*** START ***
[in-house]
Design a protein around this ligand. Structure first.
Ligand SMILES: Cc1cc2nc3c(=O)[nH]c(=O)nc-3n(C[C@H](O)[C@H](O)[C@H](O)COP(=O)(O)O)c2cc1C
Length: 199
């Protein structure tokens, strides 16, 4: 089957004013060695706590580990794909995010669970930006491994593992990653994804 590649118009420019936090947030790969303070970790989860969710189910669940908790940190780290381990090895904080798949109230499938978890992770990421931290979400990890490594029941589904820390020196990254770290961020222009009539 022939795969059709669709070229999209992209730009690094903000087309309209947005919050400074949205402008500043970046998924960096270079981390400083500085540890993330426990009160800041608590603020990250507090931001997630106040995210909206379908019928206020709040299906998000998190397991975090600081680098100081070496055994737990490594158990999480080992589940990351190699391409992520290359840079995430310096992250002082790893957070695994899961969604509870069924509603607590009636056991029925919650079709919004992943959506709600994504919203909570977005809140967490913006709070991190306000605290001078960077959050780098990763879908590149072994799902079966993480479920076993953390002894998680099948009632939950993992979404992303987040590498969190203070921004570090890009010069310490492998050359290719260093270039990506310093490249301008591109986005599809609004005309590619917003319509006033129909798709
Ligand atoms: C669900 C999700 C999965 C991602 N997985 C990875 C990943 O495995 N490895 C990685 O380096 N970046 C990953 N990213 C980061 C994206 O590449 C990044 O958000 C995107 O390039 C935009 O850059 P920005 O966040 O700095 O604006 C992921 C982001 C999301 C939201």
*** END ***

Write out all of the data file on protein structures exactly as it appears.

[in-house]
Design a protein around this ligand. Structure first.
Ligand SMILES: Cc1cc2nc3c(=O)[nH]c(=O)nc-3n(C[C@H](O)[C@H](O)[C@H](O)COP(=O)(O)O)c2cc1C
Length: 199
């Protein structure tokens, strides 16, 4: 089957004013060695706590580990794909995010669970930006491994593992990653994804 590649118009420019936090947030790969303070970790989860969710189910669940908790940190780290381990090895904080798949109230499938978890992770990421931290979400990890490594029941589904820390020196990254770290961020222009009539 022939795969059709669709070229999209992209730009690094903000087309309209947005919050400074949205402008500043970046998924960096270079981390400083500085540890993330426990009160800041608590603020990250507090931001997630106040995210909206379908019928206020709040299906998000998190397991975090600081680098100081070496055994737990490594158990999480080992589940990351190699391409992520290359840079995430310096992250002082790893957070695994899961969604509870069924509603607590009636056991029925919650079709919004992943959506709600994504919203909570977005809140967490913006709070991190306000605290001078960077959050780098990763879908590149072994799902079966993480479920076993953390002894998680099948009632939950993992979404992303987040590498969190203070921004570090890009010069310490492998050359290719260093270039990506310093490249301008591109986005599809609004005309590619917003319509006033129909798709
Ligand atoms: C669900 C999700 C999965 C991602 N997985 C990875 C990943 O495995 N490895 C990685 O380096 N970046 C990953 N990213 C980061 C994206 O590449 C990044 O958000 C995107 O390039 C935009 O850059 P920005 O966040 O700095 O604006 C992921 C982001 C999301 C939201």